By Christa Protano
As a mom of two picky littles, I absolutely loathe dinnertime. Trying to make a meal that the whole family will love is pretty much impossible these days. Recently, though, I came across some sage advice in Food & Wine and our 5 p.m. witching hour has become a little less frustrating. When “bemoaning a few dinner fails earlier this year”, F&W Editor in Chief Hunter Lewis wrote in the August issue that his wife told him to “just play the hits.” Since school started, this has become my mantra for weeknight survival. And now that the holidays are just around the corner, I’m planning to stick to what I know works best.
Rather than attempt the latest TikTok food trend, I’m planning to serve the oldies but goodies—those classic family recipes that I’ve managed to secure in writing from previous generations. From my mom’s Italian Christmas cookies (recipe below) to my grandmother’s Sunday Gravy, I keep all of my heirloom recipes together in a binder for safekeeping.
Our Family Recipes
Speaking of which, Thunder Bay Press recently launched Our Family Recipes to help you get organized and create your own family heirloom. This practical binder includes nine recipe sections–from apps to drinks—along with a starter recipe for each section. To that end, we’ve asked our Thunder Bay Press team to share their own sweet family recipes that we hope will serve as inspiration this holiday season. From our table to yours, cheers!
Italian Christmas Cookies (aka Tadals)
From Christa Protano, freelance writer, these small Italian treats are big on flavor.
(Makes approx. 50 cookies)
1/2 cup sugar
3 tsp. vanilla extract (can also substitute almond or anise extract)
1 stick (8 tablespoons) unsalted butter, softened
3 cups flour
3 tsp. baking powder
Dash of salt
2 cups confectioner’s sugar
3-4 T. milk
Food coloring (optional)
Preheat oven to 350°F. Line two baking sheets with parchment paper. Set aside.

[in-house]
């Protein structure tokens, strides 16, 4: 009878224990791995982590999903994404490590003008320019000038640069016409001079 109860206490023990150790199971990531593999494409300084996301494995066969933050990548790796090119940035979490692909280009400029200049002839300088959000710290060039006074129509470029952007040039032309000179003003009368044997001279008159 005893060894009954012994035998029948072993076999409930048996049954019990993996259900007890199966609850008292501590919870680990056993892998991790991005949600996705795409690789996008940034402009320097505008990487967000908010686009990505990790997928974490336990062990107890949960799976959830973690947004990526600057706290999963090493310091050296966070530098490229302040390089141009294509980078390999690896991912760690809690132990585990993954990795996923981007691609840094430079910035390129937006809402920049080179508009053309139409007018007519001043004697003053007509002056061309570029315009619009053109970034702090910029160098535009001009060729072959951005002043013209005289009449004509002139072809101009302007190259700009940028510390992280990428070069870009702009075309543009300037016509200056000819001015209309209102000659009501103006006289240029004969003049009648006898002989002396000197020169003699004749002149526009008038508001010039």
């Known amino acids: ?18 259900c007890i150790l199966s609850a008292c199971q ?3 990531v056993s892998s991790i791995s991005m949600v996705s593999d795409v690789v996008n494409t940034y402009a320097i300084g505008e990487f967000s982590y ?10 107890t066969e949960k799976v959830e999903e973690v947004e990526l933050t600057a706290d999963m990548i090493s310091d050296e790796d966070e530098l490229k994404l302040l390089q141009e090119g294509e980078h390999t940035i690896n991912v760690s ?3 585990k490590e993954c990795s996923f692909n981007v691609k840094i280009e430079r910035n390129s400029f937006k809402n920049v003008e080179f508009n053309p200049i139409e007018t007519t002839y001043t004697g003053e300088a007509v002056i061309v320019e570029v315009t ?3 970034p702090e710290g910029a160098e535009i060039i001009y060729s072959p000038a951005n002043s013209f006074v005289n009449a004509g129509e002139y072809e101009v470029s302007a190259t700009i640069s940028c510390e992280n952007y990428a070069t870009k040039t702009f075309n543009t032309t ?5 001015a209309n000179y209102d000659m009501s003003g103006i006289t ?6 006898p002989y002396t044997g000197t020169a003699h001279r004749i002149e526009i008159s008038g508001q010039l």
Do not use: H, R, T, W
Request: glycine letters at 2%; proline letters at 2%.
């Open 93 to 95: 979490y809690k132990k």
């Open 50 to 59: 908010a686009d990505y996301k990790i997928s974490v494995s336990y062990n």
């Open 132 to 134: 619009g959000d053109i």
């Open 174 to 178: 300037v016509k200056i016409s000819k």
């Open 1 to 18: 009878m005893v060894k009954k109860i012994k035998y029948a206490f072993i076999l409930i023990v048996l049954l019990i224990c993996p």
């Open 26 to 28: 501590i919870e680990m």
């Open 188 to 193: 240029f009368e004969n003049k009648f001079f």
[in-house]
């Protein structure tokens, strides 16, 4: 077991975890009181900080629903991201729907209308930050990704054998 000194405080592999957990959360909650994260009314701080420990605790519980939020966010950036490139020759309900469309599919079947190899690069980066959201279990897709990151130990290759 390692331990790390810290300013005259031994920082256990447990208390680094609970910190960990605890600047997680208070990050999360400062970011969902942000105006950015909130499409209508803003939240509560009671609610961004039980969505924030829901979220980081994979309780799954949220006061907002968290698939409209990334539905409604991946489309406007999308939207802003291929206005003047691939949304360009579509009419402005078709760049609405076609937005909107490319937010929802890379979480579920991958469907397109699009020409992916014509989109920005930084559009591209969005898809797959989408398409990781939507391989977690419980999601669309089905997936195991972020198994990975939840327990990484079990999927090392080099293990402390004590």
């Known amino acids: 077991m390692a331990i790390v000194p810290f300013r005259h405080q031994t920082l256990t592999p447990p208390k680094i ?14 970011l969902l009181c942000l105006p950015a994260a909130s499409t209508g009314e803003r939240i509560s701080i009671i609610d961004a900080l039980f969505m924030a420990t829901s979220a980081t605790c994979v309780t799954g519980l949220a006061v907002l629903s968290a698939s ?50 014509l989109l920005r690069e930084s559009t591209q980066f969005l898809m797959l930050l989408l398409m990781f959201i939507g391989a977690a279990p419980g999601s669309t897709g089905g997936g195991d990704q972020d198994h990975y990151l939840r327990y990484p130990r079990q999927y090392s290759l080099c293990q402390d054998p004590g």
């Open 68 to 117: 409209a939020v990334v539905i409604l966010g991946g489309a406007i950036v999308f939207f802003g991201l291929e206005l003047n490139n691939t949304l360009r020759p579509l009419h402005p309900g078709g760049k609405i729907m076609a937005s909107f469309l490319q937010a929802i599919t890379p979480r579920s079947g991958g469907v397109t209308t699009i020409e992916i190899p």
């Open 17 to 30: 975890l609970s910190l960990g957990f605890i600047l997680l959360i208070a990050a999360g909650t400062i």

Using a stand mixer, beat together sugar, eggs and vanilla, then add softened butter and fully combine. In a separate bowl combine flour, baking powder and salt. Gradually add the dry ingredients to the wet ingredients until thoroughly mixed. Using your hands, roll dough into 1-2 inch balls and place on prepared baking sheet about 2 inches apart (they do puff up when baking). Bake at 350°F for 10-12 minutes or until bottoms are golden brown. Let cool completely.
For Icing: Mix together confectioner’s sugar and milk until thick enough to drop off of a spoon onto the cookie. If icing seems too thick, add a little more milk. If too thin, add a little more sugar. It will spread over the cookie slowly if mixed right. At this point, you can also add a few drops of red or green food coloring for a festive touch. If adding sprinkles, wait 2-3 minutes and then add while icing is still wet.
Mochi Butter Cake
From Bernadette Baillie, Senior Marketing Director, this dish is traditionally made by Filipinos, Japanese and Hawaiians. It is also gluten-free.
1 lb. (1 box) Mochiko flour
1 ½ cups granulated sugar
1 ½ tsp. baking powder
½ tsp. baking soda
¾ tsp. kosher salt
4 large eggs, at room temperature
3 cups coconut milk* (can substitute with oat or almond milk)
2 tsp. pure vanilla extract
1 stick (8 tablespoons) unsalted butter, melted and cooled slightly,
½ cup unsweetened shredded coconut
*NOTE: if you want to make the cake extra rich, substitute 1 cup of coconut milk with sweetened condensed milk.
Preheat oven to 350°F. Coat a 9 x 13-inch pan with non-stick baking spray or room-temperature butter. Set aside.
Sift together dry ingredients in a large bowl. Beat together eggs, coconut milk and vanilla extract in a medium bowl until fully combined. Using a wooden spoon, mix together the wet and dry ingredients until smooth. Add the melted butter and mix until combined. Poor in pan and sprinkle with the shredded coconut. Bake for 50 minutes to one hour.
From Jessica Brixie, Social Media Coordinator, this dessert is a Croatian holiday staple.
Phyllo dough (strudel leaves)
4 sticks (1 lb.) butter, melted
2 cups walnuts or almonds
1/2 cup sugar
1 T. cinnamon
2 cups water
2 cups sugar
1/2 cup honey
1 tsp. lemon juice
2 pieces medium to large cinnamon sticks
Preheat oven to 325°F. Prepare a 2-inch deep, 9 x 13-inch baking dish by brushing the inside with some of the melted butter. Set aside.
In a food processor, grind nuts then add sugar and cinnamon and mix together. Place three to four strudel leaves at the bottom of the baking dish and brush with some of the melted butter. Repeat until half of the phyllo dough is used. Spread nut mixture evenly over the phyllo dough. Place the other half of the strudel leaves on top of the nut mixture, brushing melted butter in between each layer. When finished, brush top leaves generously with butter.
With a sharp pointed knife, score sheets in a diamond shape, square or rectangle. Bake at 325°F for 30 minutes. Reduce to 300°F for 30 minutes. If top becomes too brown, lay a sheet of foil on top of pan until finished baking. Make syrup 10 minutes before baking ends.
For Syrup: Place all ingredients in a pot, bring to a boil and cook for 10 minutes. Take baklava out of the oven and pour syrup over the entire dessert. Be sure to cover it entirely. Let stand for 4 hours or overnight until all liquid has been absorbed. Serve cold.